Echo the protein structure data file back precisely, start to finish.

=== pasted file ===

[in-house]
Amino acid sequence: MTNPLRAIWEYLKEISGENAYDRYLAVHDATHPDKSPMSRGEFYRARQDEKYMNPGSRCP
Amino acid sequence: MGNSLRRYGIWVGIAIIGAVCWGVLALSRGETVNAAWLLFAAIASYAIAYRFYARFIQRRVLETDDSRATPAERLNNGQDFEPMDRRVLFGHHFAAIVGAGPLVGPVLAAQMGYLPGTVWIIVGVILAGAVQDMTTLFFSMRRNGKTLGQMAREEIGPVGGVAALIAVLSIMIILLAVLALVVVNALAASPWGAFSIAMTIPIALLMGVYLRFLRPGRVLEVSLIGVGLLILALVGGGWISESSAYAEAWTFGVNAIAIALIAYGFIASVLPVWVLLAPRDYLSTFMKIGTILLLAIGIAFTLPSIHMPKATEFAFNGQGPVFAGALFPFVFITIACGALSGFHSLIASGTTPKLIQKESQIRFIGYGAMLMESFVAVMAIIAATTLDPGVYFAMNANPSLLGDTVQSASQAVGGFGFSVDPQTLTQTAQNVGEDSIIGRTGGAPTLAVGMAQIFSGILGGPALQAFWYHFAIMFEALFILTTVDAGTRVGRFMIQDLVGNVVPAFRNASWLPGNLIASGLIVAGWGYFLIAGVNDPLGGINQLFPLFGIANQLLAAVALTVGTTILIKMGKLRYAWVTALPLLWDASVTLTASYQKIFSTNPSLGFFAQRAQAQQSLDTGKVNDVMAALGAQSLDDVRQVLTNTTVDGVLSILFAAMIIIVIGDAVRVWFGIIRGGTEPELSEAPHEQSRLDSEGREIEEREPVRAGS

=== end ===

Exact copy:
[in-house]
Amino acid sequence: MTNPLRAIWEYLKEISGENAYDRYLAVHDATHPDKSPMSRGEFYRARQDEKYMNPGSRCP
Amino acid sequence: MGNSLRRYGIWVGIAIIGAVCWGVLALSRGETVNAAWLLFAAIASYAIAYRFYARFIQRRVLETDDSRATPAERLNNGQDFEPMDRRVLFGHHFAAIVGAGPLVGPVLAAQMGYLPGTVWIIVGVILAGAVQDMTTLFFSMRRNGKTLGQMAREEIGPVGGVAALIAVLSIMIILLAVLALVVVNALAASPWGAFSIAMTIPIALLMGVYLRFLRPGRVLEVSLIGVGLLILALVGGGWISESSAYAEAWTFGVNAIAIALIAYGFIASVLPVWVLLAPRDYLSTFMKIGTILLLAIGIAFTLPSIHMPKATEFAFNGQGPVFAGALFPFVFITIACGALSGFHSLIASGTTPKLIQKESQIRFIGYGAMLMESFVAVMAIIAATTLDPGVYFAMNANPSLLGDTVQSASQAVGGFGFSVDPQTLTQTAQNVGEDSIIGRTGGAPTLAVGMAQIFSGILGGPALQAFWYHFAIMFEALFILTTVDAGTRVGRFMIQDLVGNVVPAFRNASWLPGNLIASGLIVAGWGYFLIAGVNDPLGGINQLFPLFGIANQLLAAVALTVGTTILIKMGKLRYAWVTALPLLWDASVTLTASYQKIFSTNPSLGFFAQRAQAQQSLDTGKVNDVMAALGAQSLDDVRQVLTNTTVDGVLSILFAAMIIIVIGDAVRVWFGIIRGGTEPELSEAPHEQSRLDSEGREIEEREPVRAGS